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NP: March 17, 1865 The Roman Citizen (Rome, NY): 15th NY Eng Letter, March 4, 1865

SOPO Editor’s Note: Noah Andrew Trudeau found and transcribed this letter for the 15th New York Engineers page at the excellent New York Division of Military and Naval Affairs web site. I found the newspapers in question at the also excellent Old Fulton NY Postcards site.

Army Correspondence

FORT MCKEON, – CITY POINT, Va., March 4, 1865.

To the Editor of the Roman Citizen:

Again Mr. Editor I take my pencil in hand for the purpose of keeping the people of Rome posted with regard to the sanitary condition, of the members of the Company of which I am proud to say I am a member. Company L is now, as it has been for nearly six months, one of the best companies in the 15th Engineers, and as proof of this I, would beg leave to state that it was recently assigned to the post of honor, viz: the right of the regiment. The privilege of being at the right of the regiment is one which is thoroughly appreciated by veterans, and it is in a measure also appreciated by each individual member of Co. L.

Last Saturday afternoon I procured a pass for the purpose of visiting the front and Capt Pond, took it to the Adjutant’s office to secure the approval of Col. [WESLEY] BRAINARD [of the 50th NY Engineers].—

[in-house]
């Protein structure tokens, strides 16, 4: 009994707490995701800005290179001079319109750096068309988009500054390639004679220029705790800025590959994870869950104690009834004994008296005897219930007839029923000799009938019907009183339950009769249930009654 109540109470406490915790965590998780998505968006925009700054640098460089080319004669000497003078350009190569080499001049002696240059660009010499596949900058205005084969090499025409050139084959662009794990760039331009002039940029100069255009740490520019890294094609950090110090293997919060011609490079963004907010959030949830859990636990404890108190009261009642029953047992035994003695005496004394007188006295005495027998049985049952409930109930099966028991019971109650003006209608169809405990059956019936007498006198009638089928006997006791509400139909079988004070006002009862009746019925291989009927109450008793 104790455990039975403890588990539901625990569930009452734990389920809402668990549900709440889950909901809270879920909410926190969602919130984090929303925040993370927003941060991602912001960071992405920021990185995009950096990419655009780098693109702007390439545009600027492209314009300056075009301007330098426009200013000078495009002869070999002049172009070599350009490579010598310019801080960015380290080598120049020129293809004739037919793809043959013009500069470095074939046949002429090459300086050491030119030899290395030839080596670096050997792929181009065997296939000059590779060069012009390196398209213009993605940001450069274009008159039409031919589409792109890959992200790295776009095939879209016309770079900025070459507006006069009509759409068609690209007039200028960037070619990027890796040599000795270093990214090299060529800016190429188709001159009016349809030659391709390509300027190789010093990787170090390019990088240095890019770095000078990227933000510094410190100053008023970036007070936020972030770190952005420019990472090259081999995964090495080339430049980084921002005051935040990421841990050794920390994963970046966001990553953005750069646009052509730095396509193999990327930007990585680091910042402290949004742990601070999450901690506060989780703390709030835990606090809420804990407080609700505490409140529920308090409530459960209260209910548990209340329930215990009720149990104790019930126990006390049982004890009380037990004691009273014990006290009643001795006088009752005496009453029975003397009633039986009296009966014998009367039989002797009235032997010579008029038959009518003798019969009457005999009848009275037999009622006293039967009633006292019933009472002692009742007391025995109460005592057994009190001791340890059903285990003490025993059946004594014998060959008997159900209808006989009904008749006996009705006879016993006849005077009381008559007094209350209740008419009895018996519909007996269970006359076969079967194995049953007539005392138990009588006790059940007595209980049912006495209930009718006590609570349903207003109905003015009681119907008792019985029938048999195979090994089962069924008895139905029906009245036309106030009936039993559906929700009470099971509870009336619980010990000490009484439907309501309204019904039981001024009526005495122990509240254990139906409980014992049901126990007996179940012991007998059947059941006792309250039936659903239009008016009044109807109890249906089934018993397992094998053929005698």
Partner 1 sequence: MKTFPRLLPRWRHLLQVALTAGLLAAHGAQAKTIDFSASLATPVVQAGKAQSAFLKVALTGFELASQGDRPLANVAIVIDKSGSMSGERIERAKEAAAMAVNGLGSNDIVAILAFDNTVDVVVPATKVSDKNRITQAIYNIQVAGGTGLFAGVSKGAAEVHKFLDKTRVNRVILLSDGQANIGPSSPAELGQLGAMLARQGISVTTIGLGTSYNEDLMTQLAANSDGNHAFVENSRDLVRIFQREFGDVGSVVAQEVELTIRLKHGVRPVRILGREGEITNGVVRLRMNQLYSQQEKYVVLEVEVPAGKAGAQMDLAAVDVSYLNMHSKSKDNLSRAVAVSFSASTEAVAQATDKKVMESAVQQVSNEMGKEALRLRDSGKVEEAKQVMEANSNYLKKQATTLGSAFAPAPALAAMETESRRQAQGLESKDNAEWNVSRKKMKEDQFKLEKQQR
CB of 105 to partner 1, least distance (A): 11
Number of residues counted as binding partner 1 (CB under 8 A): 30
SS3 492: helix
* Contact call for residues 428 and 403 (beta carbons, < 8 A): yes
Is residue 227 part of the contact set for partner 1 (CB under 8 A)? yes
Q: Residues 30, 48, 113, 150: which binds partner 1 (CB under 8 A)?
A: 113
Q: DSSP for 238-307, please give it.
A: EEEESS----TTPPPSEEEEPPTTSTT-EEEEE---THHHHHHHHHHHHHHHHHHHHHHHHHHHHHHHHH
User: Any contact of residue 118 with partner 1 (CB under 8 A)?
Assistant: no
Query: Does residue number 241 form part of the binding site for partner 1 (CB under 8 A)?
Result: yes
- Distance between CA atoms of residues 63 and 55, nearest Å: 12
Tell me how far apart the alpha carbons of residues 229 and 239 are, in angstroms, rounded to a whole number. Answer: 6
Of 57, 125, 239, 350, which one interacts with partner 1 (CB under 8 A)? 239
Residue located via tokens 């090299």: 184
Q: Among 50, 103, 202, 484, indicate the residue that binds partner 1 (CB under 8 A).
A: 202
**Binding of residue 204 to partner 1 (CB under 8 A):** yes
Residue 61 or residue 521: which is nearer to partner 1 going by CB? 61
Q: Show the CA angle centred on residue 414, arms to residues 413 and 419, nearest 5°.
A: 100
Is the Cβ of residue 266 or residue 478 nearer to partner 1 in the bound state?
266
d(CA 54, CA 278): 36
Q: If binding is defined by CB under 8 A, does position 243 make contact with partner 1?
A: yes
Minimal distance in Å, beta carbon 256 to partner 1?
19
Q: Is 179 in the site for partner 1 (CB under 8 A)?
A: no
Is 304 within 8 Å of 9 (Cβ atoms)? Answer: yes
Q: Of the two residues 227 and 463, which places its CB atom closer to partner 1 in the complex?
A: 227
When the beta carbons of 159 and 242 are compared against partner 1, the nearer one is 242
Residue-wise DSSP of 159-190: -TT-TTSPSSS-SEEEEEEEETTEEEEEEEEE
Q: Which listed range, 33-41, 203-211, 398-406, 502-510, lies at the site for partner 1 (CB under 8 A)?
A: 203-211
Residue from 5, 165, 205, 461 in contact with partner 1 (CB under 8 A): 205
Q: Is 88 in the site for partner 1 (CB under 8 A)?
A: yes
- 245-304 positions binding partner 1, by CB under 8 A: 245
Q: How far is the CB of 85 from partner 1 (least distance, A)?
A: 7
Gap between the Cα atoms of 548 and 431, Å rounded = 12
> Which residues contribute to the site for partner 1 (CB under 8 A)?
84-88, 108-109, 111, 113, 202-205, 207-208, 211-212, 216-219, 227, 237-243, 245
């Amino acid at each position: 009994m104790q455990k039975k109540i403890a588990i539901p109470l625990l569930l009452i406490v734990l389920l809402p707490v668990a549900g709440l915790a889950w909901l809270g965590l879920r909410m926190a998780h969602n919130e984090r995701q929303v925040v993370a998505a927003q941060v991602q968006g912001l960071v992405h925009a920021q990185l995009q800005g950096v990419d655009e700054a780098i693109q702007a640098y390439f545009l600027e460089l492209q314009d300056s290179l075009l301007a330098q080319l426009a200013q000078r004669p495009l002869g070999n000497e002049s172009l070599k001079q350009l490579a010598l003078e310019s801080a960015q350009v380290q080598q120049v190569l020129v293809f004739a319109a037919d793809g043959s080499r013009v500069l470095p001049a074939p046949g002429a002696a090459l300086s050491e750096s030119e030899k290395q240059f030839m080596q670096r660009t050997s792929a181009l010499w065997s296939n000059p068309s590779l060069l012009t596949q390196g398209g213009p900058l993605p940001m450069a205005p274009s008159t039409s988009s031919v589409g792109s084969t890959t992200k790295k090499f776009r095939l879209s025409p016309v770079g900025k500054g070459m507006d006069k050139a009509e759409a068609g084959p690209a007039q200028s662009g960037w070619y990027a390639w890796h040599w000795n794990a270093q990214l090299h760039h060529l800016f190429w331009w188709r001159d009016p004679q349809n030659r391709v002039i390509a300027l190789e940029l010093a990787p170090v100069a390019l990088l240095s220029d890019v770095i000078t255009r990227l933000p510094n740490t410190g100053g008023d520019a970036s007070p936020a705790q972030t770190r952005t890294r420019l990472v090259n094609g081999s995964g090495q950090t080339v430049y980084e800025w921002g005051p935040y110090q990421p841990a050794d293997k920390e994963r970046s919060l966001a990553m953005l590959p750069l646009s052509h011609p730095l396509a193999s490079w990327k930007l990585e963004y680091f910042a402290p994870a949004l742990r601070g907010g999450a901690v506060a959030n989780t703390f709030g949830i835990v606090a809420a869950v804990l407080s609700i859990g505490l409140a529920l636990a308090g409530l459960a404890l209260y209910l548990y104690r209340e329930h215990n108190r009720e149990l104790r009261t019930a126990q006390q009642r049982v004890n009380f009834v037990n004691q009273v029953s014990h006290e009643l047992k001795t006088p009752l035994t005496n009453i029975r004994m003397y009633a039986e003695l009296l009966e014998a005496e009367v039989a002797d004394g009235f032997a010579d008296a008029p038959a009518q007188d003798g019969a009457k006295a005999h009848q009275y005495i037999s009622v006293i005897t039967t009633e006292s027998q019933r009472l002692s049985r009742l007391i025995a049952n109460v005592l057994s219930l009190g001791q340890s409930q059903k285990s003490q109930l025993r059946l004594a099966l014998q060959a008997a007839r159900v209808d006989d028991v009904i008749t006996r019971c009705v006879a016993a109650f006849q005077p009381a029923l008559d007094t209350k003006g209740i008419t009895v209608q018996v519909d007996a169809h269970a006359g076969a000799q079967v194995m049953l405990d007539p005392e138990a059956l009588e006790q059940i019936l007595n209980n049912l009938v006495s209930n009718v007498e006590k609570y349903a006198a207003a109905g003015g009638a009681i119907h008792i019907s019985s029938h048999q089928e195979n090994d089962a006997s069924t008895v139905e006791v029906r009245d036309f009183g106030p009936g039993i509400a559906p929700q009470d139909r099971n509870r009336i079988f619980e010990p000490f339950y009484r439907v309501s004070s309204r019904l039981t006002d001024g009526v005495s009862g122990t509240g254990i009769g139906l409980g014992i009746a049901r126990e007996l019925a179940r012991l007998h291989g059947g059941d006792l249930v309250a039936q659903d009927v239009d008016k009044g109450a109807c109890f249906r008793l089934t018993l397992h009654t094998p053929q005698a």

Sabbath morning I again went to headquarters, ascertained that my pass had been approved, secured it, and walked down the railroad track to City Point Station to take the cars. A description of the manner in which we ride may interest the readers of the CITIZEN. In the first place it is customary to examine every pass before the passengers are permitted to enjoy a ride upon GRANT’S army railroad.1 This necessarily consumes, much time, and as the cars start at 10 A. M., it is necessary that a man should have his pass stamped so soon in the morning as he can conveniently. Our accommodations are ample, and we are not excessively annoyed by particles of dust or cinders, as we take a deck passage, viz: upon the tops of freight cars, which are usually heavily laden with forage, which, taken in addition to their human, freight, causes an almost unbearable and continual jarring, which, however, must be patiently borne with, in order to reach the front. But the pleasure-seeker having had these facts presented to him very vividly by constant observation, had determined to go [to] the front. I had clambered to the top of the car, had selected the soft side of a board for my post of observation, and sat waiting like MICAWBER for “something to turn up.” I had sat thus for perhaps five minutes, when my attention was directed towards a crowd of very indifferently dressed men whom I saw approaching. Upon a nearer approach I discerned the scarlet trowsers {sic} and white turbans of a squad of our Zouave troops. In an instant I comprehended all. The men before me were rebel deserters under a Zouave guard. There were apparently between one hundred and fifty and two hundred Johnnies, nearly all of whom wore light felt hats, destitute of any ornament whatever, gray or butternut pants, and the inevitable dirty gray blanket. But two or three of that entire squad wore overcoats, and it is a very uncommon sight indeed to see a Confederate overcoat. The article (according to the stories of the rebels who desert the sinking ship daily in squads of from ten to one hundred) seems to be extremely scarce in Dixie. These deserters were to be confined in the warehouse upon the dock, under a strong guard, until arrangements for their transportation to Fortress should have been effected. Nothing else worthy of special notice occurred while the train remained at the station; at last when the patience of the pleasure-seekers had become well nigh exhausted, the premonitory screech of the iron horse was heard, and the train moved from the depot. Within the space of fifteen minutes we were actually buzzing over-hill and dale, as any one acquainted with the peculiar feature of Grant’s army railroad can testify, viz: The fact that when a hill seemed to hinder the onward progress of the construction corps, instead of wasting precious time by grading the aforesaid bill down to a reasonable level in imitation of their brethren of the pick and shovel upon the Northern railroads, the track was laid directly over the hill, thus rendering a trip over the road rather disagreeable when taken under the most favorable circumstances; but when but when one is obliged to ride upon the top of a freight car with a strong gale of wind blowing, the situation is anything but satisfactory. I had a splendid opportunity of realizing in a marked degree the beauty of the aforesaid situation in my trip to Warren Station. But there are arguments in favor of as well as against this method of journeying to and fro upon this line of railroad. One can see the condition of the country through which he is passing much better by being thus exposed to the combined action of the elements, than if he were snugly ensconced within the narrow limits of a passenger coach. We passed many deserted mansions, nearly all of which were surrounded with beautiful evergreen trees. No smoke ascended from those old chimneys, and the indefinite something upon every side of those antique structures told of the desolation and ruin which pervades this section of Virginia. Scattered over the entire landscape, so far as the eye could see, were graves without number. Here are eleven graves side by side, and but a few feet from the track, while but a few yards beyond is a rude railing enclosing a mound of earth, beneath which repose the bones of an officer. Virginia is indeed one vast battlefield; her soil is saturated with the blood of the brave citizen soldiery of the ever victorious Federal army. And has this immense shedding of some of the noblest blood in the country amounted to nothing? Has not the blood of the gallant Christian hero, Rush P. Cady, called loudly upon a righteous God of battles for swift retribution upon the heads of his murderers? Not being able to divine the meaning of the mysterious workings of a just Jehovah, we can only point to the wonderful military operations of the past few weeks. It does seem that the Almighty had not turned a deaf ear to our entreaties for a reunion of the North and South. The reduction of Wilmington, following closely in the wake of that of Savannah and Charleston, to say nothing of the capture of Forts Fisher and Anderson, renders the Confederate cause rather insecure at present, at least that opinion prevails among the soldiers. My own opinion is that the soil of the Old Dominion will be the scene of the last conflict between the Federal and Confederate armies.